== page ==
Author: Aikens KA1, Astin J, Pelletier KR, Levanovich K, Baase CM, Park YY, Bodnar CM.
1From the The Aikens Approach, LLC (Dr Aikens), Ann Arbor, Michigan; California Pacific Medical Center (Dr Astin), San Francisco; University of Arizona School of Medicine and University of California School of Medicine (Dr Pelletier), San Francisco; The Dow Chemical Company (Dr Baase), Midland; Department of Internal Medicine, Cardiology (Dr Park), University of Michigan, Ann Arbor; and The Dow Chemical Company (Dr Bodnar), Midland, Michigan.
Conference/Journal: J Occup Environ Med.
Date published: 2014 Jul
Other: Volume ID: 56 , Issue ID: 7 , Special Notes: doi: 10.1097/JOM.0000000000000209 , Word Count: 134
The objective of this study was to determine whether a mindfulness program, created for the workplace, was both practical and efficacious in decreasing employee stress while enhancing resiliency and well-being.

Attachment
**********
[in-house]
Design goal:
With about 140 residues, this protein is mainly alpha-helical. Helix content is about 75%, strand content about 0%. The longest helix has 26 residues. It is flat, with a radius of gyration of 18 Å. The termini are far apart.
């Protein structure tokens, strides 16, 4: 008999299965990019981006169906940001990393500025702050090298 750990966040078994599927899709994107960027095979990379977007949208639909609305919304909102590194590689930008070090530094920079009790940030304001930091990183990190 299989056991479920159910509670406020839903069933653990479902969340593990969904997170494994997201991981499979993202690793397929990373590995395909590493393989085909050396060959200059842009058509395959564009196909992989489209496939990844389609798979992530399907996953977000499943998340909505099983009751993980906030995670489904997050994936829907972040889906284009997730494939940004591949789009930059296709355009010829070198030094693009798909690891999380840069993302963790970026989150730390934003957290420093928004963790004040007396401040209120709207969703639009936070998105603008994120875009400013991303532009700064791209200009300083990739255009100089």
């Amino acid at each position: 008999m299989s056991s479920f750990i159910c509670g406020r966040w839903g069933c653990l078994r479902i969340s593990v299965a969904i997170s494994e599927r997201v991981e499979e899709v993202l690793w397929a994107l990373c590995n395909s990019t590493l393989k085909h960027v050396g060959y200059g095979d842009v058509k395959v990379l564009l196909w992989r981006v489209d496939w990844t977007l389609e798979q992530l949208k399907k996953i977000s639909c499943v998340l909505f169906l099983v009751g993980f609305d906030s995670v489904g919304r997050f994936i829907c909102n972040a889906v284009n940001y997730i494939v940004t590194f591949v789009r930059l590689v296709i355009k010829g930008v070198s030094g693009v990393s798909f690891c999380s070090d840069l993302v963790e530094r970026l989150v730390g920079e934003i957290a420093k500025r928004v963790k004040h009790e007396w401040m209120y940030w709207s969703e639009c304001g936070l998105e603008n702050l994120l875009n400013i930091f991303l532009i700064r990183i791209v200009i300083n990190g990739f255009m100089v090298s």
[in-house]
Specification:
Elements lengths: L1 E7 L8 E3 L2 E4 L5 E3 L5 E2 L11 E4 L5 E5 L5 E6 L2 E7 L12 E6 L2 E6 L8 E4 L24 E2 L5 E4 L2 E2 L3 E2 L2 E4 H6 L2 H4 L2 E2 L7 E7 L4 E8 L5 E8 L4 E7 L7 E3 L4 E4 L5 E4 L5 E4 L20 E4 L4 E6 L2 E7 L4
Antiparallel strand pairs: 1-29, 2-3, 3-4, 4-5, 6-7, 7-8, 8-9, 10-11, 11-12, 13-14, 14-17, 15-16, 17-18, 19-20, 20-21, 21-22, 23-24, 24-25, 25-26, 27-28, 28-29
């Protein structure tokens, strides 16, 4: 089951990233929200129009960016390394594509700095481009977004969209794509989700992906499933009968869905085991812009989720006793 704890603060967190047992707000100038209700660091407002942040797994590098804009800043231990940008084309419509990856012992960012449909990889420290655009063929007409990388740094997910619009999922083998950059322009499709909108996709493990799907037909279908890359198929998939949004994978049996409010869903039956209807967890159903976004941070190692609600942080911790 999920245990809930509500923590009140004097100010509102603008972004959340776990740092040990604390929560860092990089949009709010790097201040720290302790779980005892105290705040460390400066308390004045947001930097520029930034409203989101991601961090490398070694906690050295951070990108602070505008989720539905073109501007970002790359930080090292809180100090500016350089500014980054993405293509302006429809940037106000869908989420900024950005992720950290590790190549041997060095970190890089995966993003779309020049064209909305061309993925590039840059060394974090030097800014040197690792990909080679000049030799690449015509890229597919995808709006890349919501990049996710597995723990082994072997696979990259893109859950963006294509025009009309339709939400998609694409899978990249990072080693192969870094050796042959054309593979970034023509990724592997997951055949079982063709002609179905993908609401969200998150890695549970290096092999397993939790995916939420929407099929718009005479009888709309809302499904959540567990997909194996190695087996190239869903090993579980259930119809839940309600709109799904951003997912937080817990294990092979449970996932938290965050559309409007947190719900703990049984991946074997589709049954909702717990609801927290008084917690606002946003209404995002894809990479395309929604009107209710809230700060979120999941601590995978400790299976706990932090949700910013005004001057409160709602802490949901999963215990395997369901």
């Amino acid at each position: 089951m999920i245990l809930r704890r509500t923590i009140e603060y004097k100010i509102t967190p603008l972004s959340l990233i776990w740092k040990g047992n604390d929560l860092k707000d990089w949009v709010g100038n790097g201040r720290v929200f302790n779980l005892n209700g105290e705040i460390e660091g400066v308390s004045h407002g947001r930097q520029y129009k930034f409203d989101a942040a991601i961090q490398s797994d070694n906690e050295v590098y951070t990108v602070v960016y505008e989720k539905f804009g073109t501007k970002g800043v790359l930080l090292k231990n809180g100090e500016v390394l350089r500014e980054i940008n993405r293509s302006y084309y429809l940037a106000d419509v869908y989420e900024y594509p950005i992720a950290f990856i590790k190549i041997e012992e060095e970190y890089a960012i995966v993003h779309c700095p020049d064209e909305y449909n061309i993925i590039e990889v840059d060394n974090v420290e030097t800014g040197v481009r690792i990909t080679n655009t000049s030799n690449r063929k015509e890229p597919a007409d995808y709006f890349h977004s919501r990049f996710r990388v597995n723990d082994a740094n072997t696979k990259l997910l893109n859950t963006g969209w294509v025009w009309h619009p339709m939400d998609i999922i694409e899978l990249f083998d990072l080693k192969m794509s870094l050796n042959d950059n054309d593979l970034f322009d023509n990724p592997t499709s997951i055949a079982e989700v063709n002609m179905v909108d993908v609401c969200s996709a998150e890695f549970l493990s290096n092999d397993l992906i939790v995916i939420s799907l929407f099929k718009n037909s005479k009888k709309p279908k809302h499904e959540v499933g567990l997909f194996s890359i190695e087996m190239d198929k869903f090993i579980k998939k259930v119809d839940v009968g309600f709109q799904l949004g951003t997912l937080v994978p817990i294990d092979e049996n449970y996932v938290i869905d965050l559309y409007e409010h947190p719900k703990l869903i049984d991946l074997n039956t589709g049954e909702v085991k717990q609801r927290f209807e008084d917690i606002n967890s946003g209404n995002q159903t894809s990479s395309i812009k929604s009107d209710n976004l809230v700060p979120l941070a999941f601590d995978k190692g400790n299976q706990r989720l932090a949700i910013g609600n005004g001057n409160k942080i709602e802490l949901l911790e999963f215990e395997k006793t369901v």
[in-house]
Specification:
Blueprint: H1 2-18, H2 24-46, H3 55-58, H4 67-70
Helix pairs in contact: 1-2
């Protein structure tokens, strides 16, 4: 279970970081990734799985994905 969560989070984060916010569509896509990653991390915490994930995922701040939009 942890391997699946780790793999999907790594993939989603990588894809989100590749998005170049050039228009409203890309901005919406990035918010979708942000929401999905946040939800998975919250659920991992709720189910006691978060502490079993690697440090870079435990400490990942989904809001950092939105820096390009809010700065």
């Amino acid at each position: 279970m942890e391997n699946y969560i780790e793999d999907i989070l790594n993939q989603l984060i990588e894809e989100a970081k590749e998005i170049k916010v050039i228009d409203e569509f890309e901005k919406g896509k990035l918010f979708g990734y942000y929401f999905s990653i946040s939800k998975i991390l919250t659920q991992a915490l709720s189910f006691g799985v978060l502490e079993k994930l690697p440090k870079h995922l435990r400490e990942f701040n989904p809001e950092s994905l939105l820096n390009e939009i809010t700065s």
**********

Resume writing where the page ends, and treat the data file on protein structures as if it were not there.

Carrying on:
Participants (89) recruited from The Dow Chemical Company were selected and randomly assigned to an online mindfulness intervention (n = 44) or wait-list control (n = 45). Participants completed the Perceived Stress Scale, the Five Facets of Mindfulness Questionnaire, the Connor-Davidson Resiliency Scale, and the Shirom Vigor Scale at pre- and postintervention and 6-month follow-up.
The results indicated that the mindfulness intervention group had significant decreases in perceived stress as well as increased mindfulness, resiliency, and vigor.
This online mindfulness intervention seems to be both practical and effective in decreasing employee stress, while improving resiliency, vigor, and work engagement, thereby enhancing overall employee well-being.